Back when we explored options around launching our company into South Eastern Europe – it became glaringly obvious we should do so in Kosovo.
Why so? Outsourcing in Kosovo is prime right now, its a location that I had great experience and admiration for particularly after having seen first hand the level of skills that was on offer.
One thing that we were very keen to establish was a real local presence, not to have some British company ‘lord over’ how the business ran out in Kosovo. So we put in place Albion Sutaj as Managing Director of our Kosovo operations.
I had met Albion when he was working on some AT&T/Tech Mahindra projects back in 2018 at Kosbit and it was clear to me that he was a highly skilled, valued and capable individual that needed his next adventure in his career.
I’m a firm believer in where possible keeping operations local, with local people and local culture. One of the primary examples of how we have been expanding in South East Europe and in particular Kosovo was this key hire. Albion works with a fantastic team over in Kosovo for our IT outsourcing and BPO offerings.
With a highly skilled workforce, led by a peer and local businessman such as Albion – we are highly confident our new operational centre in Kosovo will continue to grow and be a great success.
Back in January the company was going through a lot of interesting projects. We typically work on a project basis for IT outsourcing, international break fix, on site engineering or data centre smart hands around the world.
I’m really pleased that in recent weeks we have been able to not only appoint a new VP of Sales, create a role for our new VP of Operations but also bring in and promote one of our overseas team into a Managing Director for the Southeastern European branch of our organisation.
Its been an incredible year so far and set to get even better with our recent announcement that we have become not only members but sponsors of the Service Industry Association (SIA) – the leading association for businesses in the IT services sector. I’m also proud to say I’ve joined the board of the SIA which is a great honour.
I’m always impressed by what the team has achieved and continues to do as we head down a very exciting path in 2019 and beyond.
We are of course hiring, from iOS Developers to Service Delivery Managers get in touch and I hope we can continue to find incredible talent all over the world.
Recently Nick Tooley and I sat down for one of our regular catch ups and having done a fair bit of charitable works via Nick in the past he brought to my attention the story of Super George and the immense success to date that has been achieved in raising over £15,000 for Nottingham QMC hospital.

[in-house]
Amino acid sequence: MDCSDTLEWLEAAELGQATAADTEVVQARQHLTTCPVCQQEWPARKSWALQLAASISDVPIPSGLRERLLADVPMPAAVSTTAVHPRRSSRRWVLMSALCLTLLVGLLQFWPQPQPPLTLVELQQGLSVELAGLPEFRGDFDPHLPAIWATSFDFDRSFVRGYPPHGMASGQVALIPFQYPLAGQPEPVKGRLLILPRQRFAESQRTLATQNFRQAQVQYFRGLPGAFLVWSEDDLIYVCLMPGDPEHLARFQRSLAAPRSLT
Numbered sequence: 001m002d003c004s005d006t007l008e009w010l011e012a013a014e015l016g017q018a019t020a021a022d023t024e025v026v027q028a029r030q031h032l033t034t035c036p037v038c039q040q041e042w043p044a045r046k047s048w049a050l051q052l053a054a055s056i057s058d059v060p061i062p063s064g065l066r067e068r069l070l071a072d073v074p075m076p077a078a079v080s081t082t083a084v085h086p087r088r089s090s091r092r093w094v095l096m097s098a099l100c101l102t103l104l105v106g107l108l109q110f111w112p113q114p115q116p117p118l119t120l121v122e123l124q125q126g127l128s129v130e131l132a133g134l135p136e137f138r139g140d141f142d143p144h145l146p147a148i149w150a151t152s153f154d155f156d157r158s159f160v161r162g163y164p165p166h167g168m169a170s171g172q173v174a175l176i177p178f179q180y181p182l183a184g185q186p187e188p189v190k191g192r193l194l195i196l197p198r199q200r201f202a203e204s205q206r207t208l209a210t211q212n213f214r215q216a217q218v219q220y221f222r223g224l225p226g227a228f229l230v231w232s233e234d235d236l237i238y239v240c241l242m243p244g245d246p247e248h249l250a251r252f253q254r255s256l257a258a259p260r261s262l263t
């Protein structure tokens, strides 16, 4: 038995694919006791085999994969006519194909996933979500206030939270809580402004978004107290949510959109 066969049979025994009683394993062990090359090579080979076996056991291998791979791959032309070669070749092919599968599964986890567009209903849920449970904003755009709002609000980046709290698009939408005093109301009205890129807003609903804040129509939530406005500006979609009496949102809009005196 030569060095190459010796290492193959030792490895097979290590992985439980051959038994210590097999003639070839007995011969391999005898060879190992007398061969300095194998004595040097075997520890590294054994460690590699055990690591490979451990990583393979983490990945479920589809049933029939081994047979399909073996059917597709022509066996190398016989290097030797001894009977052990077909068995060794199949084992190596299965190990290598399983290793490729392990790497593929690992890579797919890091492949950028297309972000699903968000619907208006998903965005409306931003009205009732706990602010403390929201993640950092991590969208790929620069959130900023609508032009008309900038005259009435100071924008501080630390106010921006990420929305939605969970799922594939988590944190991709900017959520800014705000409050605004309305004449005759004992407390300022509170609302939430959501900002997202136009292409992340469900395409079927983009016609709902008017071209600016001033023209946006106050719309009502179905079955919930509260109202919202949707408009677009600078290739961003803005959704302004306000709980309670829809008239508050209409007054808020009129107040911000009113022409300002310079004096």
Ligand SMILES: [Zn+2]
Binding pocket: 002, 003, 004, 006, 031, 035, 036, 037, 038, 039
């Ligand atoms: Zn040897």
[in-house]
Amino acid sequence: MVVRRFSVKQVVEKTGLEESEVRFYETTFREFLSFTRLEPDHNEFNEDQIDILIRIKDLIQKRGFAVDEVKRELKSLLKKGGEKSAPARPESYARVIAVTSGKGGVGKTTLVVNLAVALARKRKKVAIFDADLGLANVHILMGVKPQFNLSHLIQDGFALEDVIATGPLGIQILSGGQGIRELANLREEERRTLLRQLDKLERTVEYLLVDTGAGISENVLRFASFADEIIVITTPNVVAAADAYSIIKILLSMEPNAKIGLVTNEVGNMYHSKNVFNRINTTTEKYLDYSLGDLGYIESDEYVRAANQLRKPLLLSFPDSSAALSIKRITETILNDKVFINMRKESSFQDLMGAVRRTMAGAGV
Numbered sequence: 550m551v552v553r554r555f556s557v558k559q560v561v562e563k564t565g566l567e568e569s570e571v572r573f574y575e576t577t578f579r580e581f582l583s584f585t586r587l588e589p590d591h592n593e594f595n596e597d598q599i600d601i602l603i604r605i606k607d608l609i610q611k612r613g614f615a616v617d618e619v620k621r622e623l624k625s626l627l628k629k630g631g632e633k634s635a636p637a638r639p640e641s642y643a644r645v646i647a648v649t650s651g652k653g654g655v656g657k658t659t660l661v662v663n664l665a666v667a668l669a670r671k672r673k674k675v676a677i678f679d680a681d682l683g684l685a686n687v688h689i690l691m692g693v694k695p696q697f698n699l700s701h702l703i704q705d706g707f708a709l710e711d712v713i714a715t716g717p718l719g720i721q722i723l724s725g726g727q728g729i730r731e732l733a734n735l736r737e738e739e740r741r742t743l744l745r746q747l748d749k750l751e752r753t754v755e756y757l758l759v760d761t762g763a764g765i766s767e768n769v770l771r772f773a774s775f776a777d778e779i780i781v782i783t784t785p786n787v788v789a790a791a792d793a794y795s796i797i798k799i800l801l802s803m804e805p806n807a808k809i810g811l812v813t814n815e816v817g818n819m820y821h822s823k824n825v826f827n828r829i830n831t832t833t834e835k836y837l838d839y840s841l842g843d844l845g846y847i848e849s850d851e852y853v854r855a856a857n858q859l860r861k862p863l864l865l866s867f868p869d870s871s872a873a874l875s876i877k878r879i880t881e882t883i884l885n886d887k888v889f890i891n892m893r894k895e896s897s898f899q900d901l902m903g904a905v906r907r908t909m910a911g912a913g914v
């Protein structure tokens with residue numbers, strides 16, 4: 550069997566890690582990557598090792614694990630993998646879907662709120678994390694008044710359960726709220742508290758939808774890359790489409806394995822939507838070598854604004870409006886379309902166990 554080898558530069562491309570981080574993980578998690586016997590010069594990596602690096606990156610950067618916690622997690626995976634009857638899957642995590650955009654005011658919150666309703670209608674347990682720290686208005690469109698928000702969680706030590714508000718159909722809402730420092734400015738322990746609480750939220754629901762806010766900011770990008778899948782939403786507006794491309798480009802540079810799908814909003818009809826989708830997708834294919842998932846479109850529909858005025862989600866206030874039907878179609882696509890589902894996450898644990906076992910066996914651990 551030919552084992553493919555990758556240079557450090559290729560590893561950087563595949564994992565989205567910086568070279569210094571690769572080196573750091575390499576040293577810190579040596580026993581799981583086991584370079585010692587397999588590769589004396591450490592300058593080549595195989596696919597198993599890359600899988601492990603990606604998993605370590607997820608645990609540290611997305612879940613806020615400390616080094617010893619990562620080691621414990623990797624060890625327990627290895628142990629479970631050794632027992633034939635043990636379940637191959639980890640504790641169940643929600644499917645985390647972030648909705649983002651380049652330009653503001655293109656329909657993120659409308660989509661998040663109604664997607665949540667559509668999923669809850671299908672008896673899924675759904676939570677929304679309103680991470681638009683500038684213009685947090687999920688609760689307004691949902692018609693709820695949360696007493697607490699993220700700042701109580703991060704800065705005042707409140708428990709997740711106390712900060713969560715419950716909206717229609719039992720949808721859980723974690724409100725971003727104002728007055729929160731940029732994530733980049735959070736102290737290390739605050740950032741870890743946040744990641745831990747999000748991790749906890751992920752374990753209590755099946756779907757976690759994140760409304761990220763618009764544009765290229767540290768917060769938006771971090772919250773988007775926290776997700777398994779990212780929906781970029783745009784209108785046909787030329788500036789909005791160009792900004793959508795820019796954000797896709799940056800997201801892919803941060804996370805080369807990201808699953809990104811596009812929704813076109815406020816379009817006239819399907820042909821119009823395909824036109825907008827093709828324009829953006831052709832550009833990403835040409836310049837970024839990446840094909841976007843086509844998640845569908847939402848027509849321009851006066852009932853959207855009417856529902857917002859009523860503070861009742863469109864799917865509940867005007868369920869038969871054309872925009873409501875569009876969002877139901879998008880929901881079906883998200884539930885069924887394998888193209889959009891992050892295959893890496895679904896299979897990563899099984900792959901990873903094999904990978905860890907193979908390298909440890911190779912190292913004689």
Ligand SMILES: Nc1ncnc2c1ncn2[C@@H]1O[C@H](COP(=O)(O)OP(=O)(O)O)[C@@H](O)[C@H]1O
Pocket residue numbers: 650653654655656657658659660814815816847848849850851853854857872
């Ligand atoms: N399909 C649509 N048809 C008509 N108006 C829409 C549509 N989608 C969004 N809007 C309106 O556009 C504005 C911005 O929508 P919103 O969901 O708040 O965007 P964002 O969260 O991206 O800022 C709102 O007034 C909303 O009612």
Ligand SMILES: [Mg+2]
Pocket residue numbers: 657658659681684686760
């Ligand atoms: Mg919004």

Admit we are beginning to accept defeat…
I read the above which is in relation to The Star Ball that is being organised for June 8th at Derbyshire County Cricket Club all in aid of Super George’s Army Fundraising Appeal.
I’m reaching out to anyone in my network who are willing to help donate money or even more importantly services.
A photographer who can print on site, a photo booth (that would be a bonus!), someone to provide fizz for the drinks reception, plus a florist to provide up to 35 centre pieces that we can sell on the night. Finally we need AMAZING Auction and Raffle prizes.
I really hope that not only do they achieve on the night (or before hand) the goal of £25,000 raise (£15k so far!) but the families who go through any difficult times particularly as George and his family have will receive the incredible care, support and assistance they need to deal with such difficult times.
PLEASE – if you want to read the full story and I suggest you do – see this post on Facebook – whether you have children or not this will move you.
I gave a talk recently on “what entrepreneurship is really like” – its a tag line we hear all the time actually now.
Those who have “been there and done it” or those who want to “humblebrag” about there so called failures in business. But the reality of it all comes down to the fact that as everybody knows failure is almost a pre-requisite for success in some way. Everyone hits road bumps along the way.
I’ve been lucky enough to have some great successes and along the way some bumps in the road too. But no, my talk was more to do with the cultural differences in entrepreneurship and how these impact the way we think/see/do things in the real world.
I recall at one stage being labelled one of the “top 10 entrepreneurs” in a publication and only two years later the same publication out of fear of not satisfying everyone expanded that list from 10 to 250 “top entrepreneurs”.
In Britain at least our definition of ‘entrepreneur’ changes often, from the brash and brave person who sets out to change their life, their industry or the world! To being more ‘fair to everyone’ to the point where every ‘business owner’ is labelled an entrepreneur which simply isn’t true.
That said – travel a few hours abroad, to countries where even to start a business is filled with more fear, doubt, regulation and red tape than we could possibly imagine in our current ‘Brexit fearing state’ and its easy to see why many people are starting out for themselves, to give their families an opportunity to escape the status quo.
Seeing some of the incredible opportunities people are discovering for themselves, branching out and leaving behind what little comforts they currently have to go on a path of discovery and “REAL” entrepreneurship is inspiring.
So take a risk, be entrepreneurial, if its in your heart and soul – go forward. Culturally it maybe difficult, it maybe frowned upon, failure today is not failure for life.